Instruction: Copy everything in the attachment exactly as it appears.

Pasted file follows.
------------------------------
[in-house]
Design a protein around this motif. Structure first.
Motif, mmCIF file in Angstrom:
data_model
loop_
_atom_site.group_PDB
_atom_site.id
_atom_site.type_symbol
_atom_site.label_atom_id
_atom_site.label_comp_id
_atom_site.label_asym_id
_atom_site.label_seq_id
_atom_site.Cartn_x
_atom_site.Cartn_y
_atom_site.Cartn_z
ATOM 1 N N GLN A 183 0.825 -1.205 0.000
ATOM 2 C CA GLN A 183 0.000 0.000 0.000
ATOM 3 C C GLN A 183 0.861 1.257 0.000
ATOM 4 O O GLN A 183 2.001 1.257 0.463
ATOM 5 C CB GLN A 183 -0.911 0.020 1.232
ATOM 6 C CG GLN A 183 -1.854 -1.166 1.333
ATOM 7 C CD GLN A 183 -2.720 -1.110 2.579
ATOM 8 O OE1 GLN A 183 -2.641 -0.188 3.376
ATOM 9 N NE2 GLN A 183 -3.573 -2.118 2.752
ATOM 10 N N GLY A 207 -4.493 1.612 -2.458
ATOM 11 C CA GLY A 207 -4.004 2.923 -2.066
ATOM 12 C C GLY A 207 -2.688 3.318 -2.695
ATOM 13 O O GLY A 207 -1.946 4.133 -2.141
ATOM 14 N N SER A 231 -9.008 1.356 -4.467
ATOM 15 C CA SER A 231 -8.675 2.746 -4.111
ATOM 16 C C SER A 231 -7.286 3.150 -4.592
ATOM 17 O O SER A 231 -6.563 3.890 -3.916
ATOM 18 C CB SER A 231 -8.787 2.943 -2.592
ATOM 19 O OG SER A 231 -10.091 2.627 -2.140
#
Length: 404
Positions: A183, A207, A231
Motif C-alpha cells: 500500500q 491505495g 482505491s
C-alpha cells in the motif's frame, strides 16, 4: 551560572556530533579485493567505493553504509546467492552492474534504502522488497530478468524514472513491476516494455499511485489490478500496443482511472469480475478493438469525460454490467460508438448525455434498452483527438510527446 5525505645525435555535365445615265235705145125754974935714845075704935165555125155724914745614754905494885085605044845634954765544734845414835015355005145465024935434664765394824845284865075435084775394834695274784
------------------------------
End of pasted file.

[in-house]
Design a protein around this motif. Structure first.
Motif, mmCIF file in Angstrom:
data_model
loop_
_atom_site.group_PDB
_atom_site.id
_atom_site.type_symbol
_atom_site.label_atom_id
_atom_site.label_comp_id
_atom_site.label_asym_id
_atom_site.label_seq_id
_atom_site.Cartn_x
_atom_site.Cartn_y
_atom_site.Cartn_z
ATOM 1 N N GLN A 183 0.825 -1.205 0.000
ATOM 2 C CA GLN A 183 0.000 0.000 0.000
ATOM 3 C C GLN A 183 0.861 1.257 0.000
ATOM 4 O O GLN A 183 2.001 1.257 0.463
ATOM 5 C CB GLN A 183 -0.911 0.020 1.232
ATOM 6 C CG GLN A 183 -1.854 -1.166 1.333
ATOM 7 C CD GLN A 183 -2.720 -1.110 2.579
ATOM 8 O OE1 GLN A 183 -2.641 -0.188 3.376
ATOM 9 N NE2 GLN A 183 -3.573 -2.118 2.752
ATOM 10 N N GLY A 207 -4.493 1.612 -2.458
ATOM 11 C CA GLY A 207 -4.004 2.923 -2.066
ATOM 12 C C GLY A 207 -2.688 3.318 -2.695
ATOM 13 O O GLY A 207 -1.946 4.133 -2.141
ATOM 14 N N SER A 231 -9.008 1.356 -4.467
ATOM 15 C CA SER A 231 -8.675 2.746 -4.111
ATOM 16 C C SER A 231 -7.286 3.150 -4.592
ATOM 17 O O SER A 231 -6.563 3.890 -3.916
ATOM 18 C CB SER A 231 -8.787 2.943 -2.592
ATOM 19 O OG SER A 231 -10.091 2.627 -2.140
#
Length: 404
Positions: A183, A207, A231
Motif C-alpha cells: 500500500q 491505495g 482505491s
C-alpha cells in the motif's frame, strides 16, 4: 551560572556530533579485493567505493553504509546467492552492474534504502522488497530478468524514472513491476516494455499511485489490478500496443482511472469480475478493438469525460454490467460508438448525455434498452483527438510527446 5525505645525435555535365445615265235705145125754974935714845075704935165555125155724914745614754905494885085605044845634954765544734845414835015355005145465024935434664765394824845284865075435084775394834695274784